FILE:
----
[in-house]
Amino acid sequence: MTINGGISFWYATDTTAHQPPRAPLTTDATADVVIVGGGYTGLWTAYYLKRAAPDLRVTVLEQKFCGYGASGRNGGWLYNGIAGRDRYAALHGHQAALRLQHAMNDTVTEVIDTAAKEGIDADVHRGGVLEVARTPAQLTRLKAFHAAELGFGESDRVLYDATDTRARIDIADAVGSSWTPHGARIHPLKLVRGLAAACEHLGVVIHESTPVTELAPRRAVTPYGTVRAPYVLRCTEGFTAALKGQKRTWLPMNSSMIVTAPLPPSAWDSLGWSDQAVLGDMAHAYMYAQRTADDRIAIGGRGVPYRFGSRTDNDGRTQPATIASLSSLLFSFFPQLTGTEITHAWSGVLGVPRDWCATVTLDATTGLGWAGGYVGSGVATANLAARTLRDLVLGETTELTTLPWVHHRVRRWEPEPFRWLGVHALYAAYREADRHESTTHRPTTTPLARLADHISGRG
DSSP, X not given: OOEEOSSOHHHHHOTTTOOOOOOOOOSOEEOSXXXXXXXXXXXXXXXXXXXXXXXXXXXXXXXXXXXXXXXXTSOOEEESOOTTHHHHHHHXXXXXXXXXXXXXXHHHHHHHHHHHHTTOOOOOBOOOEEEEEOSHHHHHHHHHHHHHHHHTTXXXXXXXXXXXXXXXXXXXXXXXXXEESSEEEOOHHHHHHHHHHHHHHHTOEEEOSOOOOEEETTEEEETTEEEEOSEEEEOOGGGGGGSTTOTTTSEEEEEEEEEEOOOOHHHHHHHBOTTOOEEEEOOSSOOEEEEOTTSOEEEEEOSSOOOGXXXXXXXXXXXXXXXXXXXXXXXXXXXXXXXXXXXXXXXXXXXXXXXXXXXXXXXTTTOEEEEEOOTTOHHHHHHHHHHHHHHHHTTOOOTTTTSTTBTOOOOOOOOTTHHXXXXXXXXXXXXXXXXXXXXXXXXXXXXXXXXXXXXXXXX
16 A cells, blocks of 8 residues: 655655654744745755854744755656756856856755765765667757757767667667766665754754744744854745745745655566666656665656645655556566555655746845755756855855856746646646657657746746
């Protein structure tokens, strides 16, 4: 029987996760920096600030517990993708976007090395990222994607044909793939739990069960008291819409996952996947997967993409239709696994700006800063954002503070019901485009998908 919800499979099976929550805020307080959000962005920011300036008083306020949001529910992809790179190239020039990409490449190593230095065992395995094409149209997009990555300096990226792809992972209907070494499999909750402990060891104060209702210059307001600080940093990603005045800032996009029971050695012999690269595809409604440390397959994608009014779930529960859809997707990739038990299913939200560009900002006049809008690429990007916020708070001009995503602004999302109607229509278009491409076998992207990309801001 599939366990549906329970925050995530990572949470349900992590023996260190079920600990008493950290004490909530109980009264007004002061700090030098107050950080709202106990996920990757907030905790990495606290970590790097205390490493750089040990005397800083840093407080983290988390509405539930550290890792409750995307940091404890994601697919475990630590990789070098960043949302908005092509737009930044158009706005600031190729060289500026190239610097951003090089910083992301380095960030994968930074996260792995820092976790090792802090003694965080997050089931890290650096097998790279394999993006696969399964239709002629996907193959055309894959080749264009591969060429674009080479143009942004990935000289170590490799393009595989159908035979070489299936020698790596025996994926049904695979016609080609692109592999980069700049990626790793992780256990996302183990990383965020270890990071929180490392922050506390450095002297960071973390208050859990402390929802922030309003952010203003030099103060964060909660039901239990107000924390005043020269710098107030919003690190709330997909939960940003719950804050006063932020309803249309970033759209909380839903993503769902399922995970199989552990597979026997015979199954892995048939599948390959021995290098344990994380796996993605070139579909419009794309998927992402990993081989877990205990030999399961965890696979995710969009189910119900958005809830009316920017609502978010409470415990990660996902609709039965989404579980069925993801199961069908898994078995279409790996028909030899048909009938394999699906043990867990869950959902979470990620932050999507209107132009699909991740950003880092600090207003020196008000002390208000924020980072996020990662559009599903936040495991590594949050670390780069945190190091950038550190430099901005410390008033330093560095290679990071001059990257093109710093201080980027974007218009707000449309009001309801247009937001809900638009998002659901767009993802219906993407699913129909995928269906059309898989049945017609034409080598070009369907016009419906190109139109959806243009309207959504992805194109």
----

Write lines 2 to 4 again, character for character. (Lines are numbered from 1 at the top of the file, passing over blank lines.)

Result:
Amino acid sequence: MTINGGISFWYATDTTAHQPPRAPLTTDATADVVIVGGGYTGLWTAYYLKRAAPDLRVTVLEQKFCGYGASGRNGGWLYNGIAGRDRYAALHGHQAALRLQHAMNDTVTEVIDTAAKEGIDADVHRGGVLEVARTPAQLTRLKAFHAAELGFGESDRVLYDATDTRARIDIADAVGSSWTPHGARIHPLKLVRGLAAACEHLGVVIHESTPVTELAPRRAVTPYGTVRAPYVLRCTEGFTAALKGQKRTWLPMNSSMIVTAPLPPSAWDSLGWSDQAVLGDMAHAYMYAQRTADDRIAIGGRGVPYRFGSRTDNDGRTQPATIASLSSLLFSFFPQLTGTEITHAWSGVLGVPRDWCATVTLDATTGLGWAGGYVGSGVATANLAARTLRDLVLGETTELTTLPWVHHRVRRWEPEPFRWLGVHALYAAYREADRHESTTHRPTTTPLARLADHISGRG
DSSP, X not given: OOEEOSSOHHHHHOTTTOOOOOOOOOSOEEOSXXXXXXXXXXXXXXXXXXXXXXXXXXXXXXXXXXXXXXXXTSOOEEESOOTTHHHHHHHXXXXXXXXXXXXXXHHHHHHHHHHHHTTOOOOOBOOOEEEEEOSHHHHHHHHHHHHHHHHTTXXXXXXXXXXXXXXXXXXXXXXXXXEESSEEEOOHHHHHHHHHHHHHHHTOEEEOSOOOOEEETTEEEETTEEEEOSEEEEOOGGGGGGSTTOTTTSEEEEEEEEEEOOOOHHHHHHHBOTTOOEEEEOOSSOOEEEEOTTSOEEEEEOSSOOOGXXXXXXXXXXXXXXXXXXXXXXXXXXXXXXXXXXXXXXXXXXXXXXXXXXXXXXXTTTOEEEEEOOTTOHHHHHHHHHHHHHHHHTTOOOTTTTSTTBTOOOOOOOOTTHHXXXXXXXXXXXXXXXXXXXXXXXXXXXXXXXXXXXXXXXX
16 A cells, blocks of 8 residues: 655655654744745755854744755656756856856755765765667757757767667667766665754754744744854745745745655566666656665656645655556566555655746845755756855855856746646646657657746746